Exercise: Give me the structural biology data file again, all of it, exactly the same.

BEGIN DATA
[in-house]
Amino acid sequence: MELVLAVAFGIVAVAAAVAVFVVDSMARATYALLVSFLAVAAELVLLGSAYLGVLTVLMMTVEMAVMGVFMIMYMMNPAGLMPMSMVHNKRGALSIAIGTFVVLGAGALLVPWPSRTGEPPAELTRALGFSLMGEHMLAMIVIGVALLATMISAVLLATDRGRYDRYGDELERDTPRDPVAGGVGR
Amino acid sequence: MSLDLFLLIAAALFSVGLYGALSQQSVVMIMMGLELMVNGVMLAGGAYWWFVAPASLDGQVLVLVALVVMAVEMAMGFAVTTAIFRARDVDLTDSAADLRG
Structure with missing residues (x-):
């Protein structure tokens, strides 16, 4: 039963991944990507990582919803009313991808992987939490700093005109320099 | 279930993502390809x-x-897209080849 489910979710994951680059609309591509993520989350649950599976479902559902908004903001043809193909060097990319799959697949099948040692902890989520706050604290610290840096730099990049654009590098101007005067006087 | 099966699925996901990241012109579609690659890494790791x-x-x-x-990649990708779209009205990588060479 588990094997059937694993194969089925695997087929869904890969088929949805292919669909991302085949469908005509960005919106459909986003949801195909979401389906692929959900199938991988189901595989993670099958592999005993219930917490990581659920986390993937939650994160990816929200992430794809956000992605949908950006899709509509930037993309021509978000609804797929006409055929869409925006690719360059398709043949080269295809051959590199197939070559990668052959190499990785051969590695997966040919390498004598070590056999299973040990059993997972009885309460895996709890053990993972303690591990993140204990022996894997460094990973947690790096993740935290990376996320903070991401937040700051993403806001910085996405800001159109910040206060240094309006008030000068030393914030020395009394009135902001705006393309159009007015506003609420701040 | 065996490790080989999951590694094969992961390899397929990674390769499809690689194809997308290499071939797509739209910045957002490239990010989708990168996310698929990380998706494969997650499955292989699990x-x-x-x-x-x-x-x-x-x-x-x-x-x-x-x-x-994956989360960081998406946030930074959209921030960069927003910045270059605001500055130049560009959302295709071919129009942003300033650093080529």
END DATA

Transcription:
[in-house]
Amino acid sequence: MELVLAVAFGIVAVAAAVAVFVVDSMARATYALLVSFLAVAAELVLLGSAYLGVLTVLMMTVEMAVMGVFMIMYMMNPAGLMPMSMVHNKRGALSIAIGTFVVLGAGALLVPWPSRTGEPPAELTRALGFSLMGEHMLAMIVIGVALLATMISAVLLATDRGRYDRYGDELERDTPRDPVAGGVGR
Amino acid sequence: MSLDLFLLIAAALFSVGLYGALSQQSVVMIMMGLELMVNGVMLAGGAYWWFVAPASLDGQVLVLVALVVMAVEMAMGFAVTTAIFRARDVDLTDSAADLRG
Structure with missing residues (x-):
């Protein structure tokens, strides 16, 4: 039963991944990507990582919803009313991808992987939490700093005109320099 | 279930993502390809x-x-897209080849 489910979710994951680059609309591509993520989350649950599976479902559902908004903001043809193909060097990319799959697949099948040692902890989520706050604290610290840096730099990049654009590098101007005067006087 | 099966699925996901990241012109579609690659890494790791x-x-x-x-990649990708779209009205990588060479 588990094997059937694993194969089925695997087929869904890969088929949805292919669909991302085949469908005509960005919106459909986003949801195909979401389906692929959900199938991988189901595989993670099958592999005993219930917490990581659920986390993937939650994160990816929200992430794809956000992605949908950006899709509509930037993309021509978000609804797929006409055929869409925006690719360059398709043949080269295809051959590199197939070559990668052959190499990785051969590695997966040919390498004598070590056999299973040990059993997972009885309460895996709890053990993972303690591990993140204990022996894997460094990973947690790096993740935290990376996320903070991401937040700051993403806001910085996405800001159109910040206060240094309006008030000068030393914030020395009394009135902001705006393309159009007015506003609420701040 | 065996490790080989999951590694094969992961390899397929990674390769499809690689194809997308290499071939797509739209910045957002490239990010989708990168996310698929990380998706494969997650499955292989699990x-x-x-x-x-x-x-x-x-x-x-x-x-x-x-x-x-994956989360960081998406946030930074959209921030960069927003910045270059605001500055130049560009959302295709071919129009942003300033650093080529």